Most metro areas had lower January jobless rate

Augusta among 345 cities with lower unemployment rate

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The unemployment rates in almost all metropolitan areas dropped in January from a year earlier, and a majority were lower than the national rate, the Labor Department said on Friday.

Hundreds of people showed up for a job fair at the Goodwill Job Connection on Peach Orchard Road. Georgia's unemployment rate is 9.2 percent, higher than the national rate of 8.3 percent.   EMILY ROSE BENNETT/STAFF
Hundreds of people showed up for a job fair at the Goodwill Job Connection on Peach Orchard Road. Georgia's unemployment rate is 9.2 percent, higher than the national rate of 8.3 percent.

Jobless rates decreased in 345 of the 372 areas, which typically include a city and its surrounding suburbs, and those in Decatur, Ala., and Monroe, Mich., dropped the most.

At the same time, 201 areas recorded January unemployment rates below the U.S. rate of 8.8 percent, not seasonally adjusted. Frequently, the Labor Department will adjust jobs numbers to account for seasonal factors such as holiday hiring or weather.

The seasonally adjusted national jobless rate in February and January was 8.3 percent.

While the effects of the recession that began in 2007 were nearly uniform across the country, the recovery has been far more uneven, with areas where housing had fueled the local economies still hurting.

The states of Nevada and California have the highest unemployment rates in the country, and their limping job markets can be seen on the local level.

El Centro, an inland town in southern California, held the highest unemployment rate in the country in January, 26.4 percent, followed by Arizona’s Yuma, where the rate was 24.5 percent. Ten of the other 11 areas with jobless rates of at least 15 percent or more were in California.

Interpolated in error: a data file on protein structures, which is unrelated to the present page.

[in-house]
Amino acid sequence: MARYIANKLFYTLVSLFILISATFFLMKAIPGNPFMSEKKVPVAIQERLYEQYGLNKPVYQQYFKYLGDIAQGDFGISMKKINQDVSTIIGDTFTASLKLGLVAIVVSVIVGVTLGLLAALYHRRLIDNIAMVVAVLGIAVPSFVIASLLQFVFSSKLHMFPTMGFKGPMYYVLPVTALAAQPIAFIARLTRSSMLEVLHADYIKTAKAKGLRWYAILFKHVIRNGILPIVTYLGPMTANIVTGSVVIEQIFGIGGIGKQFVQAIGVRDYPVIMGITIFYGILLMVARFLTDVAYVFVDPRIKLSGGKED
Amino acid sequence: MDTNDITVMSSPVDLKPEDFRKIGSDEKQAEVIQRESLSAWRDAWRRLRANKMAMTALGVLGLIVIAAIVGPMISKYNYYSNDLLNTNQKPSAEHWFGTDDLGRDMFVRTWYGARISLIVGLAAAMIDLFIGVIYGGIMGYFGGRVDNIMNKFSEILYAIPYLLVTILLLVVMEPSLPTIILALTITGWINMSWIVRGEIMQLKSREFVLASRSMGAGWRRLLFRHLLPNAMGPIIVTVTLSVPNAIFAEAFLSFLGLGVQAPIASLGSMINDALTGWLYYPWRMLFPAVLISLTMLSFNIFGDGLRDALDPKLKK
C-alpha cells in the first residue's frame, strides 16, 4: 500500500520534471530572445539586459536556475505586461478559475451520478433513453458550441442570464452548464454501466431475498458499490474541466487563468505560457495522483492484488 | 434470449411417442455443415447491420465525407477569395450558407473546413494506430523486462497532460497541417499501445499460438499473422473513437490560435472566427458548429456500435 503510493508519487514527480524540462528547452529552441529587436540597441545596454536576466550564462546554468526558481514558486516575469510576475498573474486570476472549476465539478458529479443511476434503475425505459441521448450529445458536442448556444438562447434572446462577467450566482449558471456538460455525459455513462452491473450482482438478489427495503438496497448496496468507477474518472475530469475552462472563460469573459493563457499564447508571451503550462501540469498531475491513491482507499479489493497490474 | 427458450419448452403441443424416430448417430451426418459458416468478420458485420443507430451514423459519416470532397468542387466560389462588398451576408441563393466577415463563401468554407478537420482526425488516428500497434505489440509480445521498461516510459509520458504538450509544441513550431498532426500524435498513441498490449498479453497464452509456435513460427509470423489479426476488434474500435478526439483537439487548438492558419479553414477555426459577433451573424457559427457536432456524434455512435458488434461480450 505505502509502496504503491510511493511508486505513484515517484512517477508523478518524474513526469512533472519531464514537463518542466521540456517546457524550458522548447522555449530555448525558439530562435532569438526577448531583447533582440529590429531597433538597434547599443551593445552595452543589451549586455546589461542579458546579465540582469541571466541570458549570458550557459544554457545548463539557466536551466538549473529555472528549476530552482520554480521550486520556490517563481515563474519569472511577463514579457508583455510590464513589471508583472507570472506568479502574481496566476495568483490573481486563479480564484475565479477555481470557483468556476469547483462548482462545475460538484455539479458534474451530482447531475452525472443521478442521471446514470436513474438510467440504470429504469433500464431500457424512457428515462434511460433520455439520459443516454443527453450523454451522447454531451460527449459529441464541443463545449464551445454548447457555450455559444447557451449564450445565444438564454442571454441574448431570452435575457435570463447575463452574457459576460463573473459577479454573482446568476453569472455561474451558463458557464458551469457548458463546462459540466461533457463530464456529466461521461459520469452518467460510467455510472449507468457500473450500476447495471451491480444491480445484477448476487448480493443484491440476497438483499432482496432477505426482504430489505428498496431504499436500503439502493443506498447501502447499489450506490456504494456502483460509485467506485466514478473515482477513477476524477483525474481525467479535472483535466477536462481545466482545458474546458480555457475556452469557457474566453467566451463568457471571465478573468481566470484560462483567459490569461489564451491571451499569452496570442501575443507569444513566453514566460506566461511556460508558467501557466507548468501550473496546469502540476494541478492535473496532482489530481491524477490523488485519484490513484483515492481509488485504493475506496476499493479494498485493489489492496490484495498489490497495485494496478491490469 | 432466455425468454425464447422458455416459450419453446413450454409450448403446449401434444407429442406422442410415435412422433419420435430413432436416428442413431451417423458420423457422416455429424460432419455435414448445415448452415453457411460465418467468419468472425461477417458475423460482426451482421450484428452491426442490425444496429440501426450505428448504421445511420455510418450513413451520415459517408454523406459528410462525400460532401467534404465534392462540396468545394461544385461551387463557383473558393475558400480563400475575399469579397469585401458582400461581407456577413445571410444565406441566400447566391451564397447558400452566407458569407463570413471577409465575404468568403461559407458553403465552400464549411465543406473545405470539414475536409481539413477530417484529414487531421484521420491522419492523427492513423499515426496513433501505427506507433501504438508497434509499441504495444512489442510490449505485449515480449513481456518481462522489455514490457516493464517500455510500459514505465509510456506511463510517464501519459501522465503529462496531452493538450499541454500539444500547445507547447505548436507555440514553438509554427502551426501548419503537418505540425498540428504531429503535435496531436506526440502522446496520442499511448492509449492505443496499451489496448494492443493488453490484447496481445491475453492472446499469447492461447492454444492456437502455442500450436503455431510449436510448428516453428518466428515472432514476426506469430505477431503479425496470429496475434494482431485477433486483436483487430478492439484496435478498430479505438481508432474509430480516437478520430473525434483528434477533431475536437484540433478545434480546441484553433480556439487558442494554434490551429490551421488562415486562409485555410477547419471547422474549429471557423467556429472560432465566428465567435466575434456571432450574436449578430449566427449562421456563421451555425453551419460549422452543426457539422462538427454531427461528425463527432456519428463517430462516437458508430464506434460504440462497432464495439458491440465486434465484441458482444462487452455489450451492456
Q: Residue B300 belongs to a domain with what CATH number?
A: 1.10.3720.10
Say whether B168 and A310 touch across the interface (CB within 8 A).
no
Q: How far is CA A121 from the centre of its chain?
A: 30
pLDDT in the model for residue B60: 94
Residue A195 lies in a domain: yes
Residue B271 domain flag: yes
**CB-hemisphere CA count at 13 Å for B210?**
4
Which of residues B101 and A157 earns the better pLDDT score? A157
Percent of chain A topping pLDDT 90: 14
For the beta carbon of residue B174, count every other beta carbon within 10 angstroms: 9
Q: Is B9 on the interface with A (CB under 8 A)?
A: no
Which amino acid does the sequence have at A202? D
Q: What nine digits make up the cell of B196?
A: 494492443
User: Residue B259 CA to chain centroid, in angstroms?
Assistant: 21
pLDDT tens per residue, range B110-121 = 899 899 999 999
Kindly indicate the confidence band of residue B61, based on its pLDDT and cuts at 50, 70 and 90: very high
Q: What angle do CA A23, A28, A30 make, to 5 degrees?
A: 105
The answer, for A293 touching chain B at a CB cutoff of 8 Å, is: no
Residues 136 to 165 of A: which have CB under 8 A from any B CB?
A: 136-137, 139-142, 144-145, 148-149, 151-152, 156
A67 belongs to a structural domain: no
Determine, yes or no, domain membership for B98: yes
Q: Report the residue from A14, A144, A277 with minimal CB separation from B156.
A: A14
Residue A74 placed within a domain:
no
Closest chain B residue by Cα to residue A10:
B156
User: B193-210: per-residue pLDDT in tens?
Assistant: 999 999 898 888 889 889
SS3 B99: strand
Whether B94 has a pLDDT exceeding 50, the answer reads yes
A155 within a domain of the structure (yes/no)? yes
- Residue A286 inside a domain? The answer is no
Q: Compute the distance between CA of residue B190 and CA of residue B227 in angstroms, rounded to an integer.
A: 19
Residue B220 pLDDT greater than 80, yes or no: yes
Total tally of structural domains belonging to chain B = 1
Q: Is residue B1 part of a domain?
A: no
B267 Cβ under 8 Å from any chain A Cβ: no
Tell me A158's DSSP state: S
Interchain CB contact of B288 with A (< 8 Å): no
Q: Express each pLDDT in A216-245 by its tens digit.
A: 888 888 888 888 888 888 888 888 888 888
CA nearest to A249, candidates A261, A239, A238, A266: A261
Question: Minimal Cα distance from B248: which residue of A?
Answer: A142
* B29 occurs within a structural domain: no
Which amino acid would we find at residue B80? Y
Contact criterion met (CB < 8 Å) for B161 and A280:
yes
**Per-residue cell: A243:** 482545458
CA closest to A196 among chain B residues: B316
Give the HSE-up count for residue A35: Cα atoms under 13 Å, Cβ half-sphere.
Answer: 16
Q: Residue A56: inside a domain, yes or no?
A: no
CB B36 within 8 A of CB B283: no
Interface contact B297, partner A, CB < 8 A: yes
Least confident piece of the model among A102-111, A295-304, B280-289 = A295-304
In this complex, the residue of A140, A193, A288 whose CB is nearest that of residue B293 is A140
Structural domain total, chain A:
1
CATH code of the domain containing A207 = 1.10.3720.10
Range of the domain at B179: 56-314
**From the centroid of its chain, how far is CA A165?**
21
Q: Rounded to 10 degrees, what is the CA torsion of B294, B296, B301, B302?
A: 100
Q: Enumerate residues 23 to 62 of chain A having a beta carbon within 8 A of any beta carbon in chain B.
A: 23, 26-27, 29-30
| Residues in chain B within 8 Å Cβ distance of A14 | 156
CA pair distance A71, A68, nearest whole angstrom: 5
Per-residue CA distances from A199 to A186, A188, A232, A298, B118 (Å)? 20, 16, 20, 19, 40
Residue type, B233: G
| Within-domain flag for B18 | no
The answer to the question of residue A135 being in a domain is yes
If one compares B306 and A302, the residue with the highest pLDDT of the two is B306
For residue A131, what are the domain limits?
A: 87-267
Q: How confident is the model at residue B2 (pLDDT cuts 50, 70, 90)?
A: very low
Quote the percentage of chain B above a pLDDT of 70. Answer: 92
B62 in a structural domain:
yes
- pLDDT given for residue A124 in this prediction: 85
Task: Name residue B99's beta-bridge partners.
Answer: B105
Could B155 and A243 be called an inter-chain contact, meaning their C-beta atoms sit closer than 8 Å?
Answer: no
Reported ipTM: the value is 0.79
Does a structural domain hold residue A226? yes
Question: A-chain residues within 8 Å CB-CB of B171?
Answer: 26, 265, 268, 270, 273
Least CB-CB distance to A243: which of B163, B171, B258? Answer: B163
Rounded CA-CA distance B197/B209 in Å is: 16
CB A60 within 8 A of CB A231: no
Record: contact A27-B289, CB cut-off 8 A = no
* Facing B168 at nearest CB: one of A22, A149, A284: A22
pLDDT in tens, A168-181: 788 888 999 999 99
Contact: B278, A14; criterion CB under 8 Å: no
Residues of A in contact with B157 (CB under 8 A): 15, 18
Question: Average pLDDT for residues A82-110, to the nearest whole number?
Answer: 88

Of the 49 areas with a population of 1 million or more, Nevada’s Las Vegas-Paradise region had the highest jobless rate, 13.1 percent.


Augusta was among the 345 metro areas in the nation with a lower January unemployment rate than the previous January. It was not, however, lower than the national jobless rate of 8.3 percent.

January 2012: 9.1 percent

January 2011: 9.3 percent

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scorehouse 03/23/12 - 10:19 pm
wow! a .002 percent drop in a

wow! a .002 percent drop in a year. that's progress. at this rate in 20 years we'll be at a respectable 5.1%. total bs these unemployment figures.more interested in the number of people working from one year to the next.

scorehouse 03/24/12 - 09:38 am
agree. u definitely need to

agree. u definitely need to education yourself. i'm curious where all the college grads that can't find jobs in the last 4 years are reflected in the unemployment stats? they aren't eligible to file for unemployment so they are no there. so where are they? out of work but under the radar. they don't exist. government stats are just another lie gladly reported by the lapdog press. remember when the press used to actually question the government?

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